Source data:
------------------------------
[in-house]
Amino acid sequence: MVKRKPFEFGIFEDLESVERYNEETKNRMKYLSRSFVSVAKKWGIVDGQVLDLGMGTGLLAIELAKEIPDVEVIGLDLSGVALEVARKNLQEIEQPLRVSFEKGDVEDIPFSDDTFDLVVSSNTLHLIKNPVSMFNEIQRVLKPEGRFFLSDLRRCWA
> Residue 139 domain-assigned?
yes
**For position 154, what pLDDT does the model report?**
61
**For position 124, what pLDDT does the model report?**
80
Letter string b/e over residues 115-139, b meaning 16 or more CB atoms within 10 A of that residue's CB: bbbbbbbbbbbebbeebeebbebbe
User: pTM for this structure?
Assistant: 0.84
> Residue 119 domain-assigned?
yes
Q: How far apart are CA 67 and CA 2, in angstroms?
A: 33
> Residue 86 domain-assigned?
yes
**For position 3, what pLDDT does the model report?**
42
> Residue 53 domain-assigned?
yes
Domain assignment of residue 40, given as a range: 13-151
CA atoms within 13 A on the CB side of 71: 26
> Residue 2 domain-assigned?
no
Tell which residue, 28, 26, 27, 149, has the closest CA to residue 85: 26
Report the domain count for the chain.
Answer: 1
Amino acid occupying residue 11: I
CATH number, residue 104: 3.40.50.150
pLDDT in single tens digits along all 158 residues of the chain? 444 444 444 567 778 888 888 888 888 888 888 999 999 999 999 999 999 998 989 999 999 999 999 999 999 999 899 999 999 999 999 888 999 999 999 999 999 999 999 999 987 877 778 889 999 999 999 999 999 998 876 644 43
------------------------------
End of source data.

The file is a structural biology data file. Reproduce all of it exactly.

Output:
[in-house]
Amino acid sequence: MVKRKPFEFGIFEDLESVERYNEETKNRMKYLSRSFVSVAKKWGIVDGQVLDLGMGTGLLAIELAKEIPDVEVIGLDLSGVALEVARKNLQEIEQPLRVSFEKGDVEDIPFSDDTFDLVVSSNTLHLIKNPVSMFNEIQRVLKPEGRFFLSDLRRCWA
> Residue 139 domain-assigned?
yes
**For position 154, what pLDDT does the model report?**
61
**For position 124, what pLDDT does the model report?**
80
Letter string b/e over residues 115-139, b meaning 16 or more CB atoms within 10 A of that residue's CB: bbbbbbbbbbbebbeebeebbebbe
User: pTM for this structure?
Assistant: 0.84
> Residue 119 domain-assigned?
yes
Q: How far apart are CA 67 and CA 2, in angstroms?
A: 33
> Residue 86 domain-assigned?
yes
**For position 3, what pLDDT does the model report?**
42
> Residue 53 domain-assigned?
yes
Domain assignment of residue 40, given as a range: 13-151
CA atoms within 13 A on the CB side of 71: 26
> Residue 2 domain-assigned?
no
Tell which residue, 28, 26, 27, 149, has the closest CA to residue 85: 26
Report the domain count for the chain.
Answer: 1
Amino acid occupying residue 11: I
CATH number, residue 104: 3.40.50.150
pLDDT in single tens digits along all 158 residues of the chain? 444 444 444 567 778 888 888 888 888 888 888 999 999 999 999 999 999 998 989 999 999 999 999 999 999 999 899 999 999 999 999 888 999 999 999 999 999 999 999 999 987 877 778 889 999 999 999 999 999 998 876 644 43